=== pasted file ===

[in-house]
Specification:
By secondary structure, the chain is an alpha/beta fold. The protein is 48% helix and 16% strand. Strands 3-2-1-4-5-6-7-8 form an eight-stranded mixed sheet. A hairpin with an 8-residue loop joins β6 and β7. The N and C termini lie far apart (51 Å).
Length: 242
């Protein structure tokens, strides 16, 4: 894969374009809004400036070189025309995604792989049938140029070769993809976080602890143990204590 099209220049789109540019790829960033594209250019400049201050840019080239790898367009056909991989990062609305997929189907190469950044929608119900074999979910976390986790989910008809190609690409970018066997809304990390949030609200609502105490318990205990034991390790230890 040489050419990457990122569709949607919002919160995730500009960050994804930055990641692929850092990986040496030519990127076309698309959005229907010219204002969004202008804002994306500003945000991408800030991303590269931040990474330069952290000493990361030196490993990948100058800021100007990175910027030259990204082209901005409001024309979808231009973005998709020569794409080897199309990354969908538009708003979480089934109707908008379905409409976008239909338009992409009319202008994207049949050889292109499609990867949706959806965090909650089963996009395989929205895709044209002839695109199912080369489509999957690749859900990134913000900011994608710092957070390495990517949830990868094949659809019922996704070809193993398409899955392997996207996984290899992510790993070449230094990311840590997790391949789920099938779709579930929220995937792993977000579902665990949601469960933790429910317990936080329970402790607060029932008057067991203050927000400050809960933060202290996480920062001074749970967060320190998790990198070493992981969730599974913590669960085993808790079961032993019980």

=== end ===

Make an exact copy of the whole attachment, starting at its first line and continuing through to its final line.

[in-house]
Specification:
By secondary structure, the chain is an alpha/beta fold. The protein is 48% helix and 16% strand. Strands 3-2-1-4-5-6-7-8 form an eight-stranded mixed sheet. A hairpin with an 8-residue loop joins β6 and β7. The N and C termini lie far apart (51 Å).
Length: 242
């Protein structure tokens, strides 16, 4: 894969374009809004400036070189025309995604792989049938140029070769993809976080602890143990204590 099209220049789109540019790829960033594209250019400049201050840019080239790898367009056909991989990062609305997929189907190469950044929608119900074999979910976390986790989910008809190609690409970018066997809304990390949030609200609502105490318990205990034991390790230890 040489050419990457990122569709949607919002919160995730500009960050994804930055990641692929850092990986040496030519990127076309698309959005229907010219204002969004202008804002994306500003945000991408800030991303590269931040990474330069952290000493990361030196490993990948100058800021100007990175910027030259990204082209901005409001024309979808231009973005998709020569794409080897199309990354969908538009708003979480089934109707908008379905409409976008239909338009992409009319202008994207049949050889292109499609990867949706959806965090909650089963996009395989929205895709044209002839695109199912080369489509999957690749859900990134913000900011994608710092957070390495990517949830990868094949659809019922996704070809193993398409899955392997996207996984290899992510790993070449230094990311840590997790391949789920099938779709579930929220995937792993977000579902665990949601469960933790429910317990936080329970402790607060029932008057067991203050927000400050809960933060202290996480920062001074749970967060320190998790990198070493992981969730599974913590669960085993808790079961032993019980």